Research Article: Post-licensure safety evaluation of dihydroartemisinin piperaquine in the three major ecological zones across Ghana

Date Published: March 30, 2017

Publisher: Public Library of Science

Author(s): Abraham R. Oduro, Seth Owusu-Agyei, Margaret Gyapong, Isaac Osei, Alex Adjei, Abena Yawson, Edward Sobe, Rita Baiden, Martin Adjuik, Fred Binka, Thomas L Richie.

http://doi.org/10.1371/journal.pone.0174503

Abstract

Uncommon and rare adverse events (AEs), with delayed onset may not be detected before new drugs are licensed and deployed. The present study examined the post licensure safety of dihydroartemisinin-piperaquine (DHP) as an additional treatment for malaria in Ghana. The relationship between the incidence of AEs, treatment completion rate, participant characteristics and concomitant medications are reported.

A study conducted from September 2013 to June 2014 in Navrongo, Kintampo and Dodowa health research centres in Ghana is presented. Participants had confirmed malaria and no known allergy to study drug. Patients provided informed consent and had their symptoms and results of their clinical examinations documented. Treatment with Eurartesim® (20/160mg dihydroartemisinin and 40/320mg piperaquine by Sigma-Tau Incorporated) was given, according to the body weight of patients. First treatment doses were under observation but the second and third doses were taken at home except in a sub-study involving a nested cohort. Patients were contacted at Day 5 (± 2 days) either on telephone or by a home visit to document any AEs experienced. Patients were asked to report to the study team any other AEs that occurred within 28 days post-treatment. All patients in the nested cohort had electrocardiogram (ECG).

A total of 4563 patients, 52.1% females and 48.2% <6 years completed the study. A total of 444 patients were enrolled into the nested cohort. About 33% had temperature ≥ 37.5°C at enrolment. Approximately 3.4% reported taking prior antimalarials, 19.4% other medications and 86% took at least one concomitant medication. Incidence of AEs was 7.6% including infections (4.6%), gastrointestinal disorders (1.0%) and local reactions at the site of venesection (0.5%). Others were respiratory disorders (0.4%) and nervous system disorders (0.3%). There were nine adverse events of special interest (AESI); itching/pruritus (7), dizziness (1), and skin lesions (1). Patients who took medications prior to enrolment had higher incidence of AEs compared with those without (9.3% vs. 6.1%; P<0.001). Statistically significant associations were found between the reported AEs and age of patients (P<0.001), their body mass index (BMI) (P< 0.001) and parasite densities (P< 0.001). Dihydroartemisinin-Piperaquine was well tolerated with no serious safety concerns identified. Obesity and prior enrolment medication were among significant factors associated with increased AEs reporting.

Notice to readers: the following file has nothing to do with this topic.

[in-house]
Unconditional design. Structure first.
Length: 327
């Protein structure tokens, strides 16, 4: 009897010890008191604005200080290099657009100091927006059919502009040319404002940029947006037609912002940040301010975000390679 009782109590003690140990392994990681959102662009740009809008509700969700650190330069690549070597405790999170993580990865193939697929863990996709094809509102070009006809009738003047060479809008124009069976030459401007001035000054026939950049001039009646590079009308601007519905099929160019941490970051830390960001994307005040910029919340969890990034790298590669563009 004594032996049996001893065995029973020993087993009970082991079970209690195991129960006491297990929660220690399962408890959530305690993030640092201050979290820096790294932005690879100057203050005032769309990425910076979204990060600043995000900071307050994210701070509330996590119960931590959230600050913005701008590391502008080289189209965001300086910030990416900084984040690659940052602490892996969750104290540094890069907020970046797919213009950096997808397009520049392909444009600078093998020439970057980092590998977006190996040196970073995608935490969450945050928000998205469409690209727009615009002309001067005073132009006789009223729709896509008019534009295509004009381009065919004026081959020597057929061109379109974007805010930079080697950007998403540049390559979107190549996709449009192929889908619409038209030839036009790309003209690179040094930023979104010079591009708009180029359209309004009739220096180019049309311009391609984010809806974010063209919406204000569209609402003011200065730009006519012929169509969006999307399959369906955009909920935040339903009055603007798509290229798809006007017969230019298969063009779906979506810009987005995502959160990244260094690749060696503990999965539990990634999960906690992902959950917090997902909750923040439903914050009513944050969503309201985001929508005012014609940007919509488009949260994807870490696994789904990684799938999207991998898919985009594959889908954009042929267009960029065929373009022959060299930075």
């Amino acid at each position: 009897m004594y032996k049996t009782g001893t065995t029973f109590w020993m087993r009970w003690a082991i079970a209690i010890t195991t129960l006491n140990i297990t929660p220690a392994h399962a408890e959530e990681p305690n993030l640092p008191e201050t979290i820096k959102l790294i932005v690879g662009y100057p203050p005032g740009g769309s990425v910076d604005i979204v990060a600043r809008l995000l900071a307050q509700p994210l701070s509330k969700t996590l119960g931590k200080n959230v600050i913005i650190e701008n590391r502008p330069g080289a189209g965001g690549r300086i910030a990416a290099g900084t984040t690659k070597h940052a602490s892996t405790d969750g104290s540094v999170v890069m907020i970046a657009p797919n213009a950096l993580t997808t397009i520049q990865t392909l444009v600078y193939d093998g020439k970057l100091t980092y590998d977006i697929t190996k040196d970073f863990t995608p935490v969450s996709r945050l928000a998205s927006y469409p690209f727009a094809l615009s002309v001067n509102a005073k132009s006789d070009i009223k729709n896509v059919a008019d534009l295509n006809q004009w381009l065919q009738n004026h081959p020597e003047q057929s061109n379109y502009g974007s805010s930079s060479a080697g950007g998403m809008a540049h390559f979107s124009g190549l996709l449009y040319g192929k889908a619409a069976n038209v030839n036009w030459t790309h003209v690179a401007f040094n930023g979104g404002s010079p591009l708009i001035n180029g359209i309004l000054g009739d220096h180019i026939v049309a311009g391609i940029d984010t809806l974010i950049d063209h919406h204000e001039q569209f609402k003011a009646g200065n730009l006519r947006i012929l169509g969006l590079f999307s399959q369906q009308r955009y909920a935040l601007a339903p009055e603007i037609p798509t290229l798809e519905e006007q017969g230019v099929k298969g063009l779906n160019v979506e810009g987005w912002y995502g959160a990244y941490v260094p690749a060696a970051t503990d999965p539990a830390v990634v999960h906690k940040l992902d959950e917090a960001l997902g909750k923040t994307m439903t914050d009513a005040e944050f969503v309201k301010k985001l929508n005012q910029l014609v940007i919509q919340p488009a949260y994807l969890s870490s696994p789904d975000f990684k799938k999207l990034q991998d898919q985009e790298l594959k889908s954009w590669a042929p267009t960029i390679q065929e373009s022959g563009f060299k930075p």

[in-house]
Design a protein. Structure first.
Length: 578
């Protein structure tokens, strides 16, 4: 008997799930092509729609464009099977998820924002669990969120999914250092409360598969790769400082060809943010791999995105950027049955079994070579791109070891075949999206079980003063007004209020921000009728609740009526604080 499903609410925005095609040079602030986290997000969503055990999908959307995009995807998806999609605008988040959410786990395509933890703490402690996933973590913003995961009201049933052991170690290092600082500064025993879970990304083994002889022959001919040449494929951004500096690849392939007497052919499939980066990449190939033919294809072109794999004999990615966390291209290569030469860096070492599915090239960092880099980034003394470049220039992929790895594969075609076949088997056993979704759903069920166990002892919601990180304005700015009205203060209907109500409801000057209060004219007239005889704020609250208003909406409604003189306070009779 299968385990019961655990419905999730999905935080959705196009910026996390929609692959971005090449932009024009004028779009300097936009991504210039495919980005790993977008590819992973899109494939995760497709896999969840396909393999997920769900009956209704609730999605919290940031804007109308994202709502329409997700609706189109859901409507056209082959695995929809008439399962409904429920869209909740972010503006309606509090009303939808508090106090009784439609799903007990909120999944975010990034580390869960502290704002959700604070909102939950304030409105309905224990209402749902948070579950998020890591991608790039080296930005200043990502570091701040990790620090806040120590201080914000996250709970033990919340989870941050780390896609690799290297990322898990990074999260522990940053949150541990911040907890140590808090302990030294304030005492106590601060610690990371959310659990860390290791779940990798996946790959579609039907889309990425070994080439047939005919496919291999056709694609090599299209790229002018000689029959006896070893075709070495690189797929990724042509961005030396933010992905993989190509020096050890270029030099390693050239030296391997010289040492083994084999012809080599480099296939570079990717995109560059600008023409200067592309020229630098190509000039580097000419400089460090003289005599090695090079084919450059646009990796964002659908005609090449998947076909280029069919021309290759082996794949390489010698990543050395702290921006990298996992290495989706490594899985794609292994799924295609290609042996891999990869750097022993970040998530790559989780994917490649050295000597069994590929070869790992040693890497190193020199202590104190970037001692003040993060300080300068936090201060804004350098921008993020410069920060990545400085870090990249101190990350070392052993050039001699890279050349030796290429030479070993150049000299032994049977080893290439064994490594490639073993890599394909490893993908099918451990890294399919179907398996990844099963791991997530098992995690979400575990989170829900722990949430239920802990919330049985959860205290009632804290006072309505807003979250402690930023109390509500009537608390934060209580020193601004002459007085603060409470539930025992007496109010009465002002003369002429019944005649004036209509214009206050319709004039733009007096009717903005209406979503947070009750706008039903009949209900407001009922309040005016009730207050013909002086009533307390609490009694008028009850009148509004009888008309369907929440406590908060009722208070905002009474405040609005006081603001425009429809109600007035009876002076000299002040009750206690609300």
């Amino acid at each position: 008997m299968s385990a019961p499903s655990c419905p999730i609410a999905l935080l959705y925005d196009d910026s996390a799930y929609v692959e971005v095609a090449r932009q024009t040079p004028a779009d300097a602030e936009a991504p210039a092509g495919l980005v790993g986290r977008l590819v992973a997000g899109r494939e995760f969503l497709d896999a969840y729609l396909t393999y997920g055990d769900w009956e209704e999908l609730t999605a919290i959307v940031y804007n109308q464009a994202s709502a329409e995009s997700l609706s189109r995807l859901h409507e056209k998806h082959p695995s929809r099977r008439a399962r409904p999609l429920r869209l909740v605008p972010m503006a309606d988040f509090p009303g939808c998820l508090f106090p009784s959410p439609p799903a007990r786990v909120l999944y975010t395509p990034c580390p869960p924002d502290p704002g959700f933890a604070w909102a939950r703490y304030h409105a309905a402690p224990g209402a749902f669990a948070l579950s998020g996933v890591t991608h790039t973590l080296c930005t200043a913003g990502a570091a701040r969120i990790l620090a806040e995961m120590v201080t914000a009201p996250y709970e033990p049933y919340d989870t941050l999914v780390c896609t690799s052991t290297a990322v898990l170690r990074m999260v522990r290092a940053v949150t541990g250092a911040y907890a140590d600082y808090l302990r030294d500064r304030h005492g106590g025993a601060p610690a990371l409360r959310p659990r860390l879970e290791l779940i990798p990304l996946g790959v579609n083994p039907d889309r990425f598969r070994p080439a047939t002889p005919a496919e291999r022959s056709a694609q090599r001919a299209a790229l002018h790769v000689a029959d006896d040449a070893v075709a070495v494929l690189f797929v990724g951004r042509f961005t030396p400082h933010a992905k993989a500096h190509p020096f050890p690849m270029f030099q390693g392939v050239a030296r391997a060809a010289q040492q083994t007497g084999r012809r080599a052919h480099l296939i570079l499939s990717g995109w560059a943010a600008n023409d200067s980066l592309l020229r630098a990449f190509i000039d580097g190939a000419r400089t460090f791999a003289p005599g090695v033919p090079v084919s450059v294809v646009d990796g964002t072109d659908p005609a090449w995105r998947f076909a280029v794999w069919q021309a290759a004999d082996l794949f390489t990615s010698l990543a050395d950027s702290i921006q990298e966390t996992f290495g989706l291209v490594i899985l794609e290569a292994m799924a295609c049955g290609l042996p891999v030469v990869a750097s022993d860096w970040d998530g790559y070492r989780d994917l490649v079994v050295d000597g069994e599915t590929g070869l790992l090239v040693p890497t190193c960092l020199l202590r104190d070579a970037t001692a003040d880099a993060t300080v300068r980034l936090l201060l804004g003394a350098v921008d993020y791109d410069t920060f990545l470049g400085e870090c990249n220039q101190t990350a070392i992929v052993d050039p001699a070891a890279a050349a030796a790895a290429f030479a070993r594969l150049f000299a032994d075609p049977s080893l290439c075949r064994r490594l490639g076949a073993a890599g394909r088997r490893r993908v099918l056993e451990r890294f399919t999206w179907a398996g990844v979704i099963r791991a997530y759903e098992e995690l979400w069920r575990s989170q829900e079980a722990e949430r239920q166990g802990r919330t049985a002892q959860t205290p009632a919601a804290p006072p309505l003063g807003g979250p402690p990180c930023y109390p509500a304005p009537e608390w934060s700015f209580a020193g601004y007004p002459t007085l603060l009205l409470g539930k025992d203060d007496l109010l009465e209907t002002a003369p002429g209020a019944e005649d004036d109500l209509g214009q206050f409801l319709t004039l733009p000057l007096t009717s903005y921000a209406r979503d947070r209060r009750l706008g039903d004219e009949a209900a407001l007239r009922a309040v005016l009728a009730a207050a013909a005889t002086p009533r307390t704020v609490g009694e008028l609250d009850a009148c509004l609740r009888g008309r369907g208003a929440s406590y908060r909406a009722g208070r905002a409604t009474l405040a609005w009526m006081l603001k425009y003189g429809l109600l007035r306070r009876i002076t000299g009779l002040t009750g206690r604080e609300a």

Partial Text

Systematic clinical studies in human volunteers are often carried out in order to discover the effects of new medicinal products [1, 2]. Sometimes, these new medicinal products are developed and introduced in populations on the premise that the individual and community benefits justify it. However, uncommon and rare adverse events (AEs) with delayed onset are usually not detected before such new products are deployed into the general population for widespread use [3]. Significant subpopulations with underlying medical conditions are often excluded in clinical trials but get exposed to these new products once they are introduced into the public health system [3, 4]. When new medicinal products are introduced for use in the general population, recipients are no longer critically monitored for AEs as in clinical trials. Factors such as sample size, participants’ selection, follow-ups and surrogate endpoints often limit the generalizability of findings from clinical trials. Moreover, due to health system challenges, when large numbers of the population are exposed to new medicinal products, there can be an exaggerated emergence of AEs that may undermine the usefulness of such new products [5–7]. Besides, conditions and reasons for safety monitoring may change following routine use of new medicinal products in the public health system [8, 9]. Thus, post-licensure surveillances are carried out to expand the evidence base of the characteristics of new products for which licensure has been granted [8–10].

The study determined additional safety data on DHP as a first line treatment for uncomplicated falciparum malaria in Ghana and the capacity of the three sites to undertake post-licensure surveillance of new medicinal products [12].

This study has added additional safety data to show that DHP is safe even in challenged and post licensure settings. No significant serious AEs or ASEI were documented. The findings indicate that in rural settings, obese patients and pre-enrolment medication were the significant factors associated with AEs. This study demonstrated the capacity of the three research sites to undertake phase four studies to detect rare AEs of new drugs over a much larger patient population. Further technical support and collaboration will enable the sites to conduct similar studies for other drugs and vaccines across Ghana and beyond.

 

Source:

http://doi.org/10.1371/journal.pone.0174503

 

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